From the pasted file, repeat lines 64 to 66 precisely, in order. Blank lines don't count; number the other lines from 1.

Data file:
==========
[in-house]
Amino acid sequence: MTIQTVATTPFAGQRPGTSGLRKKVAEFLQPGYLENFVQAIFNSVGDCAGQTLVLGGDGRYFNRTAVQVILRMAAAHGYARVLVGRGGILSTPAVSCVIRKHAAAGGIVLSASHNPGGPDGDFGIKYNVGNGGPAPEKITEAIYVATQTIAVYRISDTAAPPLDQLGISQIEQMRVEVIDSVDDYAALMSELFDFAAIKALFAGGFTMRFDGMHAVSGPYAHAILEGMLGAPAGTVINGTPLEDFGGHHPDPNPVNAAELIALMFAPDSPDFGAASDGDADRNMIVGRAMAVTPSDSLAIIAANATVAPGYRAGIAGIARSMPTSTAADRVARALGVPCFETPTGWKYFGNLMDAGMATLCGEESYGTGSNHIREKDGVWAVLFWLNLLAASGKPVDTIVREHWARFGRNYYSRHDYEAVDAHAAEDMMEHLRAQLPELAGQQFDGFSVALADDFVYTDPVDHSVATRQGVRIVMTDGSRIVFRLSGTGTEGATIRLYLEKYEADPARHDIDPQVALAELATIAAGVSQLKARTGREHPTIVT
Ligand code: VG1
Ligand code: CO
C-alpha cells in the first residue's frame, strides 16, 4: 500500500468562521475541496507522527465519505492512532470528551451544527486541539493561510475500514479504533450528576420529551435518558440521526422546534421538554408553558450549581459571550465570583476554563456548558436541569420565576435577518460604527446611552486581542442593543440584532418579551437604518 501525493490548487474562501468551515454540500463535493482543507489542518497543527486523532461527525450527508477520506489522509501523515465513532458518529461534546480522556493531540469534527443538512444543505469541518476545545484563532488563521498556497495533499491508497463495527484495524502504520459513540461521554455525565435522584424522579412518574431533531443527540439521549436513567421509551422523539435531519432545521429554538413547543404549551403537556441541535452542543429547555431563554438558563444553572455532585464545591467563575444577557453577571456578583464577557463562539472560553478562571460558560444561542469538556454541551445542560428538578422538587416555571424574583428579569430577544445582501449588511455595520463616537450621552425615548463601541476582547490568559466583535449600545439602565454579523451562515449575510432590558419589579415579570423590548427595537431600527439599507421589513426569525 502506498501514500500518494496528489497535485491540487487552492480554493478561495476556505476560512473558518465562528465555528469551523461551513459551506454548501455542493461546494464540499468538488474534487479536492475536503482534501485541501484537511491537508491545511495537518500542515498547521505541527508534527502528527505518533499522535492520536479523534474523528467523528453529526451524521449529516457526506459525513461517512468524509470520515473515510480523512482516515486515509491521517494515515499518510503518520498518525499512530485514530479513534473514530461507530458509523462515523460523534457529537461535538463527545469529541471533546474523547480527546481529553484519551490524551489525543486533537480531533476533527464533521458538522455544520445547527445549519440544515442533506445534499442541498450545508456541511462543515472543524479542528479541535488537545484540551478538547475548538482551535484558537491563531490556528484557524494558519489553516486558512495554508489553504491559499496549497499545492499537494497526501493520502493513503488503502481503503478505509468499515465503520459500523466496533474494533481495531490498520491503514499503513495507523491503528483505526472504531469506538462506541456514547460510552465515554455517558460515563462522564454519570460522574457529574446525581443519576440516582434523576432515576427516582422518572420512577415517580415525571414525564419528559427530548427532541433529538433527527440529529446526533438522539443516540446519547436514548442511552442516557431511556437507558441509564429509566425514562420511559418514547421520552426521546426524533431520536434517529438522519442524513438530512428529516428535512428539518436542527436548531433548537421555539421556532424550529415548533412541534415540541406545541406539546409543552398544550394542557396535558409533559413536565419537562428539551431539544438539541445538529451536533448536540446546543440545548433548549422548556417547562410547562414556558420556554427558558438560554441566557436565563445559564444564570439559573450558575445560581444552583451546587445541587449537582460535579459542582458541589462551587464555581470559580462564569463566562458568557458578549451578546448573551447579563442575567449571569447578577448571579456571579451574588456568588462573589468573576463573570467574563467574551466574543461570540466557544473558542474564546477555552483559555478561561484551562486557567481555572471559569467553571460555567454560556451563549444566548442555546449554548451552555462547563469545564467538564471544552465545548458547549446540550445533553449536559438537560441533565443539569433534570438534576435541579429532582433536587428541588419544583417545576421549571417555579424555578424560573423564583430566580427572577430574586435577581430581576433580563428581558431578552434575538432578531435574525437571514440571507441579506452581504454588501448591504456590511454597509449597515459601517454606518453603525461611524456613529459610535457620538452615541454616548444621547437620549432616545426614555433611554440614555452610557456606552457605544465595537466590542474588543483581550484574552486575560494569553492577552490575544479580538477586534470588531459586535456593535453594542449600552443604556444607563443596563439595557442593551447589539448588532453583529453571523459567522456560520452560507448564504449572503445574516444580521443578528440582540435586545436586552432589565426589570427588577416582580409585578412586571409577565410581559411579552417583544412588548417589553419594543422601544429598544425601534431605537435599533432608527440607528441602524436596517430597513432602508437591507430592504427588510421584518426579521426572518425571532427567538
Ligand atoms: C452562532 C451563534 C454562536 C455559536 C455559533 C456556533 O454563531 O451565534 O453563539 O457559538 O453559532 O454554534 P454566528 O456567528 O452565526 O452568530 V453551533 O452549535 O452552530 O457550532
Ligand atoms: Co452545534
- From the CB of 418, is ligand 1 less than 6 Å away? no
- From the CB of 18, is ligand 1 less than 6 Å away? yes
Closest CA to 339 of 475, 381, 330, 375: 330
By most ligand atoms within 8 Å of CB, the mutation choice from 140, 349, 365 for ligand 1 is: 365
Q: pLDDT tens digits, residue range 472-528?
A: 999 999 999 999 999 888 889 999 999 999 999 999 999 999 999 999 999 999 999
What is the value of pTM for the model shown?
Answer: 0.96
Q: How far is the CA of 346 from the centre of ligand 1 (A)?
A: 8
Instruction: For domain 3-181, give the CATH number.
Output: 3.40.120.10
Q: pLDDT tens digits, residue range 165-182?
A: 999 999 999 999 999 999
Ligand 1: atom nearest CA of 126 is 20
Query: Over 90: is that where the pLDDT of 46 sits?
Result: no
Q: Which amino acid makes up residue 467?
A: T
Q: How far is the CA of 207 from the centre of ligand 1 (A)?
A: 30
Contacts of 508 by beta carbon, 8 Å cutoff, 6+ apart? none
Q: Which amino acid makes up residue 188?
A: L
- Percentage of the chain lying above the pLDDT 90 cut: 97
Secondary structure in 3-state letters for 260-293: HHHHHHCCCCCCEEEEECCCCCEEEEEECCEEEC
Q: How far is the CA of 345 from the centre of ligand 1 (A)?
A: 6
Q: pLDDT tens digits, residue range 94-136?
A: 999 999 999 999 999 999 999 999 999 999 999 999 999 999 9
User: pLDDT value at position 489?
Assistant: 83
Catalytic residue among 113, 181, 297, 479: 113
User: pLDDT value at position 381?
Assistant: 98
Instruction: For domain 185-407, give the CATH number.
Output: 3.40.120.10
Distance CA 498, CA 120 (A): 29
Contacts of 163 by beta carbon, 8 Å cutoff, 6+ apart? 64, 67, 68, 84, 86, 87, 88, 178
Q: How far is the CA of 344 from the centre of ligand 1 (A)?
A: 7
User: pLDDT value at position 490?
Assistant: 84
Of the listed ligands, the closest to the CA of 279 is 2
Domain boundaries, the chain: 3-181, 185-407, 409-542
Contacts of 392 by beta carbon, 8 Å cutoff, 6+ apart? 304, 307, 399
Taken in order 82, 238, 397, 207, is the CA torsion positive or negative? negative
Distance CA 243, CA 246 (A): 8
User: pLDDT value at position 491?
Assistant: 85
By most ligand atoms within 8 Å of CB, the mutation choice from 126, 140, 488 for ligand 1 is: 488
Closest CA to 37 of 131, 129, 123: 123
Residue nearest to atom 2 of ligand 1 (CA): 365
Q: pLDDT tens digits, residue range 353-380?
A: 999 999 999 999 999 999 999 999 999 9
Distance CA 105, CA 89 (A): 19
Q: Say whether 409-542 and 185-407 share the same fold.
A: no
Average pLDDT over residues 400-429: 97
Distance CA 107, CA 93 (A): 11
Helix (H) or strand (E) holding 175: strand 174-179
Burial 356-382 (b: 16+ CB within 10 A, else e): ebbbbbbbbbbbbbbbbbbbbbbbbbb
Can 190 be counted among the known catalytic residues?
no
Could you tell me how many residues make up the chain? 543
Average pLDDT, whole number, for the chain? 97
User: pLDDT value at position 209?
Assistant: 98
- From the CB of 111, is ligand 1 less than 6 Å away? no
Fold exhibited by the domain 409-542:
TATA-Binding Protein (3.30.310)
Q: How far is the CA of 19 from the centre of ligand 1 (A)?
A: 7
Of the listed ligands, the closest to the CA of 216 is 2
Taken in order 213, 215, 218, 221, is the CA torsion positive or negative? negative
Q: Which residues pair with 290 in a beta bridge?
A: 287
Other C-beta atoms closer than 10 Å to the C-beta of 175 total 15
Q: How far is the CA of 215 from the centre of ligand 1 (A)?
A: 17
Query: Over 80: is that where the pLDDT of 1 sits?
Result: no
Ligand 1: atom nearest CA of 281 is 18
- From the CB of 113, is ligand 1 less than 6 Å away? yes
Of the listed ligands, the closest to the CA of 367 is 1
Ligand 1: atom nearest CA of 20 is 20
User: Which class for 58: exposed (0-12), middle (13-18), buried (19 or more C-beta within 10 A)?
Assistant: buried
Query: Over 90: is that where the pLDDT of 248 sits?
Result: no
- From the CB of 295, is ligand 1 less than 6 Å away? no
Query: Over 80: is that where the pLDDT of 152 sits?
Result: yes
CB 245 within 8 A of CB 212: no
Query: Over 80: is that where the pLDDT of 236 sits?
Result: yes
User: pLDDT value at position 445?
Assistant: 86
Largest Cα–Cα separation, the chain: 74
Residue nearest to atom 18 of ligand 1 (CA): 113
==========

Q: Say whether 409-542 and 185-407 share the same fold.
A: no
Average pLDDT over residues 400-429: 97